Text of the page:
Now I’m on Linux. The only drawback is that I don’t really understand much but hey, this is better than a painful *ss

  • Apart from the "infamous" Flash virus, which required that you grant it permissions and run in order to infiltrate your system, and that Apple quickly patched, I know of nobody who's experienced a Virus on Mac. Norton continued to insist that you should run its malware guards, but I know of nobody who's done so.

    Ah ah, my idea was not to resume the OS war, because I don't care anymore about that for quite a while now... People use their favorite OS , be it "insert coin to continue" (MacOS), "believe me we are professional" (Windows) or "take my data and run" (ChromeOS). That's their choice... My primary goal in running Linux for more than 20 years on all my machines personal or pro is to know what they are doing, ensure stability, privacy and fight against scheduled obsolescence. I understand this is not a priority for most people...

    So, I'm very sorry you didn't get the joke... To clarify, my sentence meant "Windows and MacOS ARE the viruses", no need to have any third party virus, they come fully loaded;-).

  • LOL Too funny, mate! :D I hear you on all fronts, brother.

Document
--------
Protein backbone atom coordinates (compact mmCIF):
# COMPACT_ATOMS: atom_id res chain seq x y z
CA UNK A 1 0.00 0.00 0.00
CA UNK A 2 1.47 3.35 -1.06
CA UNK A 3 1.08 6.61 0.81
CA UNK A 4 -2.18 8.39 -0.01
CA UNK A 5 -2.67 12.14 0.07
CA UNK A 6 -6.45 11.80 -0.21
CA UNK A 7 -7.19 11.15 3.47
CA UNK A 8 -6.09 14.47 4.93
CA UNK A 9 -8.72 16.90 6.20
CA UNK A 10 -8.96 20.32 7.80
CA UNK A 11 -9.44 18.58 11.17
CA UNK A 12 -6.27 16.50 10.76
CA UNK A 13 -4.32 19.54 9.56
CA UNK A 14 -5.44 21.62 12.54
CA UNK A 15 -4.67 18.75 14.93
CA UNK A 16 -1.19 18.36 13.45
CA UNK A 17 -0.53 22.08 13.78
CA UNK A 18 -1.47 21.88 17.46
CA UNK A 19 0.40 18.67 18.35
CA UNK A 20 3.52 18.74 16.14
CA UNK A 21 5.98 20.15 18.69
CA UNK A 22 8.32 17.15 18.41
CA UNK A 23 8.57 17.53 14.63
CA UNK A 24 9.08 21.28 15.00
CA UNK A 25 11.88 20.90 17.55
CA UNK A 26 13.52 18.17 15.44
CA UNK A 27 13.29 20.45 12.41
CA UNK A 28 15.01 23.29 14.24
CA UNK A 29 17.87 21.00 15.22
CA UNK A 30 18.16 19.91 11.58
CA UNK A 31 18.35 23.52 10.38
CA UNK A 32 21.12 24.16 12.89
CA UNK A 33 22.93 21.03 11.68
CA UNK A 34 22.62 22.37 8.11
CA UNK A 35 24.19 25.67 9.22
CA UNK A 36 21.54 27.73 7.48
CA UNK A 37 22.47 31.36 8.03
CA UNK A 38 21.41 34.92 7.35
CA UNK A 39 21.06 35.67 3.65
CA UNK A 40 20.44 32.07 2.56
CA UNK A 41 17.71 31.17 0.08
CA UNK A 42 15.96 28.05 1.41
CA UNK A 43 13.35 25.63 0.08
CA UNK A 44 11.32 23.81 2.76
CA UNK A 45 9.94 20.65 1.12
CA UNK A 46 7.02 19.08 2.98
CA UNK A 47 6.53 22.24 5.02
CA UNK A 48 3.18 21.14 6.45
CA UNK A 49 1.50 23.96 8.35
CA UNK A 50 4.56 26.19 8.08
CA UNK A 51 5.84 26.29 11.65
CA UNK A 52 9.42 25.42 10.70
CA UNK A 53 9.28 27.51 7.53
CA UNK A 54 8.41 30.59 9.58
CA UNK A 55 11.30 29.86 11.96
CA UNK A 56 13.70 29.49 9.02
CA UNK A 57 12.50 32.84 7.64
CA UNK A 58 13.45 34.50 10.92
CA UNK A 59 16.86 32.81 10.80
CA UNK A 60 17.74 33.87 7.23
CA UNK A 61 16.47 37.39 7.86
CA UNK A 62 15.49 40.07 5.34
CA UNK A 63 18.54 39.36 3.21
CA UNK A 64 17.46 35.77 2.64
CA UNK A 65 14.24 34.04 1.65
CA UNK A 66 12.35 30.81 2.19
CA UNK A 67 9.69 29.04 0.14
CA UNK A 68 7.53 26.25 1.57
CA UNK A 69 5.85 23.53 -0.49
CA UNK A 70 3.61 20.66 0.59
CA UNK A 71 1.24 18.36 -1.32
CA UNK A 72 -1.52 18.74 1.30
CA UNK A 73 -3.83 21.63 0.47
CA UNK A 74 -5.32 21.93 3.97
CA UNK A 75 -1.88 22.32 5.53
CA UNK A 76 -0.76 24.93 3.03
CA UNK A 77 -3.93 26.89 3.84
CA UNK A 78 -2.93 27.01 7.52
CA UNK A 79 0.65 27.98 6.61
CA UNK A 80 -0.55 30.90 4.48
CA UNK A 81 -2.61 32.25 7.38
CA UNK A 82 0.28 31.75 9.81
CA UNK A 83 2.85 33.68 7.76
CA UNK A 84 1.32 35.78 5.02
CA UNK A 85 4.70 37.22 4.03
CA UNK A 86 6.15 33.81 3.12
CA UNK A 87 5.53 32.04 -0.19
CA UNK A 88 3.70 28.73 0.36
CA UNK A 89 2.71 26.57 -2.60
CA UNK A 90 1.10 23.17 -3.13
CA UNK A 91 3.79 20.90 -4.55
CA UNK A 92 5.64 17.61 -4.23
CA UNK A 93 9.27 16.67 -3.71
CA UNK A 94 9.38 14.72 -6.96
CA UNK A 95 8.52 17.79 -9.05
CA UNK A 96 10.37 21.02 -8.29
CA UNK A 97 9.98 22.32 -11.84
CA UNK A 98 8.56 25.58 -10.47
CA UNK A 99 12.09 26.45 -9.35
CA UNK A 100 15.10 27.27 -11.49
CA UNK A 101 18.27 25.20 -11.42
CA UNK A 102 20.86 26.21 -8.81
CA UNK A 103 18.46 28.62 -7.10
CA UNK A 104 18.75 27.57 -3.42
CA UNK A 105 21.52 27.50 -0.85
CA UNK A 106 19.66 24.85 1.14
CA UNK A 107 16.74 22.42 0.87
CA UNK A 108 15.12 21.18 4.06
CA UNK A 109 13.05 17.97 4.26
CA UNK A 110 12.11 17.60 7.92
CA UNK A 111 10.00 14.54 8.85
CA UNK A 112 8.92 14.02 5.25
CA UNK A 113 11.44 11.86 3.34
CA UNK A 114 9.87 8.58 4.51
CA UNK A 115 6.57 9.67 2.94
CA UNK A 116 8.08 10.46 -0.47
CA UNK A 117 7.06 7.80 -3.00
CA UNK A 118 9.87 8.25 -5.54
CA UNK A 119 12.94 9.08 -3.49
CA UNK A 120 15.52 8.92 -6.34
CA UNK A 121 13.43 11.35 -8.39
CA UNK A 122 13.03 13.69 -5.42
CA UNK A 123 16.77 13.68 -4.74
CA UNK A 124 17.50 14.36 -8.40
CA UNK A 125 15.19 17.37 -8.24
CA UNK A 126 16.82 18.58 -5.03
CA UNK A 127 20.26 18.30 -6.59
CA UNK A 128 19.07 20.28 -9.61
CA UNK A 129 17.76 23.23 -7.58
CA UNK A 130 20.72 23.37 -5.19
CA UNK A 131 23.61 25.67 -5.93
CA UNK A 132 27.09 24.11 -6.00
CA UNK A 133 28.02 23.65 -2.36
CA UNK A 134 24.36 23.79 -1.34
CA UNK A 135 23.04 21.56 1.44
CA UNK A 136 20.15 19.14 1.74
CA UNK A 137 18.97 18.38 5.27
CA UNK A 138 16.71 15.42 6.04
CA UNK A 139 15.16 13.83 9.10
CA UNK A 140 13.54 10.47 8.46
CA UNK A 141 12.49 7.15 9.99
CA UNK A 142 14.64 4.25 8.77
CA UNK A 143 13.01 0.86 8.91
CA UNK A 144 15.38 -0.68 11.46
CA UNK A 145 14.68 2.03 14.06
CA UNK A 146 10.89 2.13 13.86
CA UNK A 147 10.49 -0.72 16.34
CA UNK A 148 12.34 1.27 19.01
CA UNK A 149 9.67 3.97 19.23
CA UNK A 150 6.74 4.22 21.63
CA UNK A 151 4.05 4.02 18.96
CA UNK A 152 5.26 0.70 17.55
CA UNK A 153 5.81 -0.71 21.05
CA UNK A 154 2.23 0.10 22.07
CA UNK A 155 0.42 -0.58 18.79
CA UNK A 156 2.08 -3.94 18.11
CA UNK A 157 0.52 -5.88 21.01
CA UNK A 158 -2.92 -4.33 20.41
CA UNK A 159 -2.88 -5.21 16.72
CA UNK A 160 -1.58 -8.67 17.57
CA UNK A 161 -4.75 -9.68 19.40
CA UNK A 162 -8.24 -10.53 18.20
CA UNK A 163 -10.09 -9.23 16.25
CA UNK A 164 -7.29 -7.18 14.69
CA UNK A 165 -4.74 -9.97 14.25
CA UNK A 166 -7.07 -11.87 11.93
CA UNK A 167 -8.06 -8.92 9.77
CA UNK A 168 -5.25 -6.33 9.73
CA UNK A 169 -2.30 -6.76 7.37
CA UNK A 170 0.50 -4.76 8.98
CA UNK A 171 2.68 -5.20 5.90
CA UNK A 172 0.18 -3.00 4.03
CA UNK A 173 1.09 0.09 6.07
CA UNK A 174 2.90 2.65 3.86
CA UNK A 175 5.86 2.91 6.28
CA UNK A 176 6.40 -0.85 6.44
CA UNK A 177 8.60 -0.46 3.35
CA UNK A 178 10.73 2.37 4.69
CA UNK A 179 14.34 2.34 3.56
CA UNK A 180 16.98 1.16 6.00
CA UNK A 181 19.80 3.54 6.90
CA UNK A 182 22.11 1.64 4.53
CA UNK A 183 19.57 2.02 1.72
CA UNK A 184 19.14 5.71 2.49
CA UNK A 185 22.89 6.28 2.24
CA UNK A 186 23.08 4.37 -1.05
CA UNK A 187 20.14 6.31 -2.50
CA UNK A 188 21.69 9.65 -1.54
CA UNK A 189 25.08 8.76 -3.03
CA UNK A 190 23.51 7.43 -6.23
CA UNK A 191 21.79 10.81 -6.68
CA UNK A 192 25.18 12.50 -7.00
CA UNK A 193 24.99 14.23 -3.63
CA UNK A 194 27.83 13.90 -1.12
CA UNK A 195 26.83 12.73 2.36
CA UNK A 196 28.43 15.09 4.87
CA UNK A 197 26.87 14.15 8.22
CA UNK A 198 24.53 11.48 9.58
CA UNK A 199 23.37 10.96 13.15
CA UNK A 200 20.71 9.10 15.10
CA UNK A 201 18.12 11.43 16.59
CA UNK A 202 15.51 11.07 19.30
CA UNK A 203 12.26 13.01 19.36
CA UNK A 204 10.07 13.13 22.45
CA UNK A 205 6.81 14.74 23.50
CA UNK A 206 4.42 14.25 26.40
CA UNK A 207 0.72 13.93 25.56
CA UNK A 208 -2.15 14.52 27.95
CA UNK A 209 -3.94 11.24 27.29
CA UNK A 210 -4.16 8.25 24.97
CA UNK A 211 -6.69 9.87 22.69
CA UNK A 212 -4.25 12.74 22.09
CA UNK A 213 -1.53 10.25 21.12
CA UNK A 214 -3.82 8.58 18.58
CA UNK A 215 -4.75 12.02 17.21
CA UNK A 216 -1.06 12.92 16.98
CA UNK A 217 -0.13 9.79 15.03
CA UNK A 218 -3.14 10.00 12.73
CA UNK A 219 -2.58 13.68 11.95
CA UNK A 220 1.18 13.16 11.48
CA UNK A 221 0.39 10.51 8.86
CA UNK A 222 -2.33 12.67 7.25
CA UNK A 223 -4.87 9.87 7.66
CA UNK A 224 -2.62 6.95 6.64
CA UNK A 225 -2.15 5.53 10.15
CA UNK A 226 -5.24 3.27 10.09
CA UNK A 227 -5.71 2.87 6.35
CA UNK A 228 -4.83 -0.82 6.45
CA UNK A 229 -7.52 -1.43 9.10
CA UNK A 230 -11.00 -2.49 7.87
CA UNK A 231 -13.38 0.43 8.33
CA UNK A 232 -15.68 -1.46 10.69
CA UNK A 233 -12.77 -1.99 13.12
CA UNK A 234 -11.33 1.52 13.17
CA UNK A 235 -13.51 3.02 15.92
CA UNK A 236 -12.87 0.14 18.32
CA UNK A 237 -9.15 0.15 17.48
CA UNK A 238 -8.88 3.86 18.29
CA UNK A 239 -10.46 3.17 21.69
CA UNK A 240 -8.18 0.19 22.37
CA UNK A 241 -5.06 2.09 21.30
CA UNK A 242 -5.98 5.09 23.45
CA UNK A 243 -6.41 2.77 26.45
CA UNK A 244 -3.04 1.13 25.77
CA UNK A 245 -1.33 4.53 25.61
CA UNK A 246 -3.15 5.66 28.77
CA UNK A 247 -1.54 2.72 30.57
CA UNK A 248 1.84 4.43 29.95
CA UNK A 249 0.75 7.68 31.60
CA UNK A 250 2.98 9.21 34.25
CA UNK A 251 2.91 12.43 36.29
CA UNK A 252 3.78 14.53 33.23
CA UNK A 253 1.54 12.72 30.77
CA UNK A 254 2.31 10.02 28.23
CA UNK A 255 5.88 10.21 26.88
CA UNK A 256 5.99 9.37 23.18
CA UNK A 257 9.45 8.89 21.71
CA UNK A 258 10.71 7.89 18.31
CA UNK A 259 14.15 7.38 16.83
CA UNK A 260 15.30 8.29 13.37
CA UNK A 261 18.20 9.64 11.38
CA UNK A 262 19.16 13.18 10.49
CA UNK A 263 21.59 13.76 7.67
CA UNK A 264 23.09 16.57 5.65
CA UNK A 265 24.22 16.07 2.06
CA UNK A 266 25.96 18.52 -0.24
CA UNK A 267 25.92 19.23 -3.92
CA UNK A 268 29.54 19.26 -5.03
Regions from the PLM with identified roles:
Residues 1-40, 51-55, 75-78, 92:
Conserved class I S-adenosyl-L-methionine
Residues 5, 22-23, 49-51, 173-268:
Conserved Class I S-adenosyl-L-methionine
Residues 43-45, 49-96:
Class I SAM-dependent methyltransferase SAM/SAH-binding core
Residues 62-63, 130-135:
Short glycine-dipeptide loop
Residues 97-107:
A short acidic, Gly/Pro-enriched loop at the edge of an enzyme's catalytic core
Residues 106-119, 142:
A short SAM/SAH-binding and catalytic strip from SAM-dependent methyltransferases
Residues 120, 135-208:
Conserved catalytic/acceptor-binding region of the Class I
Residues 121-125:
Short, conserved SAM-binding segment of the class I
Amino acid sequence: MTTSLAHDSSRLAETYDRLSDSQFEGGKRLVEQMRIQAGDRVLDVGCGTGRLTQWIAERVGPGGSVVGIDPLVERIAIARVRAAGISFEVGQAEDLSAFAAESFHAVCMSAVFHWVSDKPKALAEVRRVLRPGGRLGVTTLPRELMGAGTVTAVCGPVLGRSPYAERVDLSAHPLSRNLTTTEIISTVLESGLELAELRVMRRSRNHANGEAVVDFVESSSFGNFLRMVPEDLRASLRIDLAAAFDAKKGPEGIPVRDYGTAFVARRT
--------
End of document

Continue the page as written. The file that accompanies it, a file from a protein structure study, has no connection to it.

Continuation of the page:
That said, I'm super-grateful that at least I've been able to continue running my 2012 cheese grater as my main machine. I'll need a new graphics card if I want to move to Mojave, but this is the first time I would have been required to make a hardware change to accommodate a new OS, and it's just a cheap graphics card, not a new computer.


    The High Sierra installer flashed 2009-2012 machines (pre nMP trash cans) to 5.1 status if they weren't there already, so even folks on 9 year old computers can still officially run High Sierra, which ain't bad when you think about it. There's actually a freeware patch that'll take 2008 models to 5.1 status, from which point Mojave could be installed along with a new graphics card, so we're looking at 10 years, albeit "unofficial". Mojave will be current for at least a year, bringing the grand total to 11 years. Regardless of OS flavour, most folks these days would run into CPU limitations long before this point, which I think you'd agree renders the forced-obsolescence argument moot, at least thus far. Laptops are a less-inspiring story.


    As I said 'though, I totally hear you, man. More power to you that you've had the balls to have done what you've done. :thumbup:

  • +1 For what it's worth on the Linux development. I've been on (and supporting professionally) Windows since Windows 2.1 in the late 80's. Windows 8 (and to a lesser extent 10) has forced me to stay on Win7 until now - but I was just about to get my first Mac a few months ago when I thought I'd give Linux a go... wow, I haven't looked back. And definitely no pricey Apple gear needed now.

    Rig Manager (and I hope the upcoming Editor) may work in a Virtual Box but its an inconvenience, huge security/privacy risk and added cost (I'll need to buy a Win10 license...)

    I yearn for the day Windows is not seen as the "default" as if nothing else exists...

  • In theory, shouldn‘t be too much of work. I expect them to have enough foresight to have used cross-platform frameworks from the start. Linux should be „easier“ to support than MacOS, they may even use cross-platform compilers.